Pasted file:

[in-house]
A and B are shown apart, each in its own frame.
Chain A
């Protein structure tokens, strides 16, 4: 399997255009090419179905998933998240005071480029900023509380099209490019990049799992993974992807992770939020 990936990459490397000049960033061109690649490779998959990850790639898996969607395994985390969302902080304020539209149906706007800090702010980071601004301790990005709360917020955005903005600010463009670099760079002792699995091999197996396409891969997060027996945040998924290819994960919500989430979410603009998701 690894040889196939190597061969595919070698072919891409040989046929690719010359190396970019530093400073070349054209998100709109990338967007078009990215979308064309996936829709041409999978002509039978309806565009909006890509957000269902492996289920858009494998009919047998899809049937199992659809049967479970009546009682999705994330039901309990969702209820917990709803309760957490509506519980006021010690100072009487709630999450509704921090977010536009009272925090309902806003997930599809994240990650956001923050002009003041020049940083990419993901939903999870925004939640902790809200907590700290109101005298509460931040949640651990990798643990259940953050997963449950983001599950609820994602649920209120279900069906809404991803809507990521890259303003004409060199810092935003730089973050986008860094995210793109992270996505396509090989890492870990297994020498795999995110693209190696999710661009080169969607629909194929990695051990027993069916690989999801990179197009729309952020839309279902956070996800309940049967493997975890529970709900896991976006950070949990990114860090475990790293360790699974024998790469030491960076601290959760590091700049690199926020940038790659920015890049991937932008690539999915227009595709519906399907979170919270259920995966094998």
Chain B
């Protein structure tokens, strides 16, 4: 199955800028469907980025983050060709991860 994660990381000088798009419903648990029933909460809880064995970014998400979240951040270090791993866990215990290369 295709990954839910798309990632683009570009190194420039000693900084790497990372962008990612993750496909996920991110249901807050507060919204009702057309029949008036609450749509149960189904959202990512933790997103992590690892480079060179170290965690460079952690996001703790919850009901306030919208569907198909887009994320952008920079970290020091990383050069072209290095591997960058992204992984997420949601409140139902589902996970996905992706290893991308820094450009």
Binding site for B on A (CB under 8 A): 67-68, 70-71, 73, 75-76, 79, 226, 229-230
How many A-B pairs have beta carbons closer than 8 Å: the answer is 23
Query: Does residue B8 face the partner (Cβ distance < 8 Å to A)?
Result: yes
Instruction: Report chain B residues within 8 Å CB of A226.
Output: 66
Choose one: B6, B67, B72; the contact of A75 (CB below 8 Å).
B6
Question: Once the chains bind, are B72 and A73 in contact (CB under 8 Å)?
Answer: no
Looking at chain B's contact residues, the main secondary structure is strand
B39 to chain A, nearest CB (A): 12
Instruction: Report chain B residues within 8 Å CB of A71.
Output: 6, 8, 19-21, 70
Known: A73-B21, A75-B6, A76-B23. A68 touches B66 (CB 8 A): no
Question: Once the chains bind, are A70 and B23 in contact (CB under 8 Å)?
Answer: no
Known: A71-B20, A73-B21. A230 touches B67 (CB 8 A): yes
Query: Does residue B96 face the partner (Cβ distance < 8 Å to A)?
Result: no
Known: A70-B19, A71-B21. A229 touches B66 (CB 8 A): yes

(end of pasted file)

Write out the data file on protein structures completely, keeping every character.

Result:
[in-house]
A and B are shown apart, each in its own frame.
Chain A
């Protein structure tokens, strides 16, 4: 399997255009090419179905998933998240005071480029900023509380099209490019990049799992993974992807992770939020 990936990459490397000049960033061109690649490779998959990850790639898996969607395994985390969302902080304020539209149906706007800090702010980071601004301790990005709360917020955005903005600010463009670099760079002792699995091999197996396409891969997060027996945040998924290819994960919500989430979410603009998701 690894040889196939190597061969595919070698072919891409040989046929690719010359190396970019530093400073070349054209998100709109990338967007078009990215979308064309996936829709041409999978002509039978309806565009909006890509957000269902492996289920858009494998009919047998899809049937199992659809049967479970009546009682999705994330039901309990969702209820917990709803309760957490509506519980006021010690100072009487709630999450509704921090977010536009009272925090309902806003997930599809994240990650956001923050002009003041020049940083990419993901939903999870925004939640902790809200907590700290109101005298509460931040949640651990990798643990259940953050997963449950983001599950609820994602649920209120279900069906809404991803809507990521890259303003004409060199810092935003730089973050986008860094995210793109992270996505396509090989890492870990297994020498795999995110693209190696999710661009080169969607629909194929990695051990027993069916690989999801990179197009729309952020839309279902956070996800309940049967493997975890529970709900896991976006950070949990990114860090475990790293360790699974024998790469030491960076601290959760590091700049690199926020940038790659920015890049991937932008690539999915227009595709519906399907979170919270259920995966094998």
Chain B
């Protein structure tokens, strides 16, 4: 199955800028469907980025983050060709991860 994660990381000088798009419903648990029933909460809880064995970014998400979240951040270090791993866990215990290369 295709990954839910798309990632683009570009190194420039000693900084790497990372962008990612993750496909996920991110249901807050507060919204009702057309029949008036609450749509149960189904959202990512933790997103992590690892480079060179170290965690460079952690996001703790919850009901306030919208569907198909887009994320952008920079970290020091990383050069072209290095591997960058992204992984997420949601409140139902589902996970996905992706290893991308820094450009």
Binding site for B on A (CB under 8 A): 67-68, 70-71, 73, 75-76, 79, 226, 229-230
How many A-B pairs have beta carbons closer than 8 Å: the answer is 23
Query: Does residue B8 face the partner (Cβ distance < 8 Å to A)?
Result: yes
Instruction: Report chain B residues within 8 Å CB of A226.
Output: 66
Choose one: B6, B67, B72; the contact of A75 (CB below 8 Å).
B6
Question: Once the chains bind, are B72 and A73 in contact (CB under 8 Å)?
Answer: no
Looking at chain B's contact residues, the main secondary structure is strand
B39 to chain A, nearest CB (A): 12
Instruction: Report chain B residues within 8 Å CB of A71.
Output: 6, 8, 19-21, 70
Known: A73-B21, A75-B6, A76-B23. A68 touches B66 (CB 8 A): no
Question: Once the chains bind, are A70 and B23 in contact (CB under 8 Å)?
Answer: no
Known: A71-B20, A73-B21. A230 touches B67 (CB 8 A): yes
Query: Does residue B96 face the partner (Cβ distance < 8 Å to A)?
Result: no
Known: A70-B19, A71-B21. A229 touches B66 (CB 8 A): yes